Helicobacter pylori is a common inhabitant of many people’s digestive tract. Some people appear asymptomatic in the presence of the gram-negative bacteria and it seems to be unobtrusive. Others display symptoms of peptic and gastric ulcers, poor nutrient assimilation and even blood in their stools.
So far it is unclear on what the difference is between the two opposing reactions. Is it strain dependent with some strains of H. pylori being more virulent than others?
Another idea to ponder is the age of acquisition. Some have proposed that if Helicobacter pylori is introduced at a younger age the immune system, still in its developmental phase, can compensate and accommodate the bacterium. This idea is supported by a number of different points including the fact that Helicobacter pylori has been inhabiting our gastrointestinal tract since our prehistoric times on the African savannah.
This conundrum comes up countless times. Is it the bacterial ‘infection’ causing the imbalance or is the imbalance causing the overgrowth or virulence of the already present bacteria. How far back do we need to go to find that true balance with the microbes that cohabit and have co evolved with us?
The old chicken or egg discussion.
Putting those difficult to tackle questions aside for now we can see that Helicobacter pylori can and does cause moderate to severe issues for a number of people that have acquired it. And unfortunately antibiotics, the once thought wonder drugs, aren’t keeping up their end of the bargain (1).
Probiotic Use In Helicobacter Pylori Infections
Recently I have been reading up on probiotics and came across an interesting review in World Journal of Gastroenterology – are probiotics useful in Helicobacter pylori eradication
The article outlines the first in vitro experiments that demonstrated that Helicobacter pylori growth was inhibited in the presence of Lactobacillus acidophilus.
Moving on to trials with H. pylori positive people, the same paper reviewed a number of trials that have looked at the use of probiotics as a treatment method. Many of the trials showed that supplementing with different probiotic strains resulted in significant reduction in the bacterial load but didn’t result in complete eradication.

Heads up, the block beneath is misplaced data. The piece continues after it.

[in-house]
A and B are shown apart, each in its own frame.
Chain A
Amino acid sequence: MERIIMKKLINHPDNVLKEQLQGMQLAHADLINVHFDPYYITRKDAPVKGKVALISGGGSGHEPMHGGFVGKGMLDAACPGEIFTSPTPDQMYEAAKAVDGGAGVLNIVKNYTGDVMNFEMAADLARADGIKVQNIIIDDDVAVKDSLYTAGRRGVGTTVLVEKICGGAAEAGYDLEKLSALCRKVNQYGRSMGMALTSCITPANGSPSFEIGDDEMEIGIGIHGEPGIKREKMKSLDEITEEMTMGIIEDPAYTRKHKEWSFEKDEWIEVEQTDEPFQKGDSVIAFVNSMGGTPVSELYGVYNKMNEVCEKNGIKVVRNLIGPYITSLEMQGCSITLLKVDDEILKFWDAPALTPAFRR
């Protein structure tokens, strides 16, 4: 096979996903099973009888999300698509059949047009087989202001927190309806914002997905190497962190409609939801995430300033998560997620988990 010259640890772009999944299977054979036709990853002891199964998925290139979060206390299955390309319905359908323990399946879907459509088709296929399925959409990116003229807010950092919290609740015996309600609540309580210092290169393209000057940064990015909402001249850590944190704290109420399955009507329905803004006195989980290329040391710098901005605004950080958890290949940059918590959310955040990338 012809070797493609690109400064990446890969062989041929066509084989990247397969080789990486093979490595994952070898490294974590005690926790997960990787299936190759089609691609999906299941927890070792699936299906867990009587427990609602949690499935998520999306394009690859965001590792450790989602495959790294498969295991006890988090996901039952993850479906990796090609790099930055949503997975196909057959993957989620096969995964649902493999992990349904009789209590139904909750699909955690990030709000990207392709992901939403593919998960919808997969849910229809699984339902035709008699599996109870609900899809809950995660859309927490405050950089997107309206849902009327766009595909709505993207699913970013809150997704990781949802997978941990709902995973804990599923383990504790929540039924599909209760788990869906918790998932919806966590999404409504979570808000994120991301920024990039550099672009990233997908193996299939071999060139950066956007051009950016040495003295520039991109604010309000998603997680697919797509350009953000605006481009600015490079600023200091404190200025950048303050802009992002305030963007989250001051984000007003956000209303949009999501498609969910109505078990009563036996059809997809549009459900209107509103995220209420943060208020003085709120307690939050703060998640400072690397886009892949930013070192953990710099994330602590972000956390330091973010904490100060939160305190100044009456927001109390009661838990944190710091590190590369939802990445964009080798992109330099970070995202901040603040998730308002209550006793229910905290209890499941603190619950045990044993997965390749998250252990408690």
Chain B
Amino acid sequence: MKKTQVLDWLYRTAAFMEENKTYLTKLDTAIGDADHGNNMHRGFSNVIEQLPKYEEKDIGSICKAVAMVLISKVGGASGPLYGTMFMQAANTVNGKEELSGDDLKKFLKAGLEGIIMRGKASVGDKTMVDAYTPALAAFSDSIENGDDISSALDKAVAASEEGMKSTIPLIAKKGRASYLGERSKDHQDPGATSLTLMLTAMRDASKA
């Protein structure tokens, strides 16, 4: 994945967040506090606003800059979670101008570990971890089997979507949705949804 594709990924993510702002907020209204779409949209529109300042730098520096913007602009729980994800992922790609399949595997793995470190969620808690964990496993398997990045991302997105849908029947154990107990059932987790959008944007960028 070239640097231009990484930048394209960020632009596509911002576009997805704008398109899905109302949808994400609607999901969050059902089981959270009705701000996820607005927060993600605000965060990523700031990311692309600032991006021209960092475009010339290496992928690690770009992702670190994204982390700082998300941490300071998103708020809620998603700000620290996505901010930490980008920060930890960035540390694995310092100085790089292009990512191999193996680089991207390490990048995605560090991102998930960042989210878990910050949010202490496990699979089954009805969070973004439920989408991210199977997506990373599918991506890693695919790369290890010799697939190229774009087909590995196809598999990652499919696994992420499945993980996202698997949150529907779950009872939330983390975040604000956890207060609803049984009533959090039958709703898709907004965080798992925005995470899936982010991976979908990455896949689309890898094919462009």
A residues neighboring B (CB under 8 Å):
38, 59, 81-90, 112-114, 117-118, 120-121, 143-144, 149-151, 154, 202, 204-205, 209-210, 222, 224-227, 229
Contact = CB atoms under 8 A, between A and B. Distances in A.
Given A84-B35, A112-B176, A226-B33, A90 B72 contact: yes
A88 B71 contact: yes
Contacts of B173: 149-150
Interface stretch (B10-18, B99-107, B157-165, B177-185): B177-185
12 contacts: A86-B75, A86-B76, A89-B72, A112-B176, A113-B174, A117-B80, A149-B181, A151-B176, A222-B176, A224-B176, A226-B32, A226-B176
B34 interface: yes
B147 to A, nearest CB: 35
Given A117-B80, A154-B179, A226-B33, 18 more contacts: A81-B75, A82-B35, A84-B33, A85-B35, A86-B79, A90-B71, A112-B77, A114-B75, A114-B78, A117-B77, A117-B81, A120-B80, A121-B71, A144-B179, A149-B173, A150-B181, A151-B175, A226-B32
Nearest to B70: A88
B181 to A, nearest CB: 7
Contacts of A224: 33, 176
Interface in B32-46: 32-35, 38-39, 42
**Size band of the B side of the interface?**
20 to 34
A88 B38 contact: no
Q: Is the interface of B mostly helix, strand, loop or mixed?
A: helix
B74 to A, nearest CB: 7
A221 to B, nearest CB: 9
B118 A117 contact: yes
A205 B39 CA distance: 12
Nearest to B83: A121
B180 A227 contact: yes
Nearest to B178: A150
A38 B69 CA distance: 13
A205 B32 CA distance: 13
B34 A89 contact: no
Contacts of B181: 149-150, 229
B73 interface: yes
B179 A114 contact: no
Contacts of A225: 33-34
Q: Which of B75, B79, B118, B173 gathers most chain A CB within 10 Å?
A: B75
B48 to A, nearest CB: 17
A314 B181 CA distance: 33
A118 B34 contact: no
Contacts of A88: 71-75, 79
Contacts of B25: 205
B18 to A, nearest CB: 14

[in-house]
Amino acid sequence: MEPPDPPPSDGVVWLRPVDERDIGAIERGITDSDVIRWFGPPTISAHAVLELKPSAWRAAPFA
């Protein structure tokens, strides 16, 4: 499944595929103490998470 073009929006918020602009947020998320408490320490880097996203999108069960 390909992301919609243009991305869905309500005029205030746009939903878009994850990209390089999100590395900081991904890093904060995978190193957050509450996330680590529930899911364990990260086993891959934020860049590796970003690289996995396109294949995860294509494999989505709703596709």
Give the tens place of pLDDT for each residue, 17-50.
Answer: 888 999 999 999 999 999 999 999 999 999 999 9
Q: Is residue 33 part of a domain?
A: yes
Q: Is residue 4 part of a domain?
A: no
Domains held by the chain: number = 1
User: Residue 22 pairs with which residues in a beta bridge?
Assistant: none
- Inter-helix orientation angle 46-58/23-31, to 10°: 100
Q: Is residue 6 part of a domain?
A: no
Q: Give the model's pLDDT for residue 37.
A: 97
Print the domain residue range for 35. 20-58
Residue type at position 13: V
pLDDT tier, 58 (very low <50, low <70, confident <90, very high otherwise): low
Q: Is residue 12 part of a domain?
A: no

It is a common misconception to look at probiotics without actually differentiating the species used and even the different strains within the species. Many unique strains exhibit different functions on the human body.
Different trials utilised one or a number of the following species and strains of probiotics with success
- B. lactis Bb12
- L. acidophilus La5
- L. johnsonii La1
- L. brevis CD2
- B. bifidum BF-1
- L. reuteri ATCC 55730
- L. gasseri OLL 2716
- Combination of L. reuteri DSM 17938 and L. reuteri ATCC PTA 6457
- Combination of L. rhamnosus GG, L. rhamnosus LC705, P. Freudenreichii JS and B. lactis Bb12
The study found Helicobacter pylori eradication in 66% of the antibiotic group – Note this is well below the 80% effective rate that is set as a benchmark for successful interventions, especially considering the potential damaging effects of antibiotics on the microflora.
It found 12% H. pylori eradication in the Saccharomyces boulardii plus inulin group and 6.5% in the Lactobacillus acidophilus LB.
If you are thinking that these don’t seem like promising numbers in support of stand alone probiotic treatment for Helicobacter pylori I would agree with you. If I stopped digging into the literature here I would be reasonably unimpressed too.
Combining Probiotics with Standard Treatment Options
Combining probiotics strains with standard treatments (in the case of the two meta-analysis reviews it was front-line antibiotic treatments) significantly improved their efficacy and reduced the adverse effects from the actual treatments (5, 6).
Both probiotics alone and probiotics and antimicrobials (antibiotics in the case of the reviews) led to greater success in eliminating the Helicobacter pylori.
Because there is very little money in herbal medicine there is very little funding to run trials to compare the efficacy of herbal antimicrobial treatments. With that said we can only speculate and make some conservative guesses that combining probiotic supplementation, particularly the strains that have shown promise in reducing H. pylori bacterial load, could improve the herbal treatment protocols on hand.
If you have experience with probiotics and bacterial infection share your experience in the comments below
Resources and References
- Antibiotic treatment for Helicobacter pylori: Is the end coming?
- World Journal of Gastroenterology – are probiotics useful in Helicobacter pylori eradication
- Effect of regular ingestion of Saccharomyces boulardii plus inulin or Lactobacillus acidophilus LB in children colonized by Helicobacter pylori.
- Prebiotics – Gut Boosting Review
- Meta-analysis: the effects of Saccharomyces boulardii supplementation on Helicobacter pylori eradication rates and side effects during treatment.
- Efficacy of Probiotic Supplementation Therapy for Helicobacter pylori Eradication: A Meta-Analysis of Randomized Controlled Trials.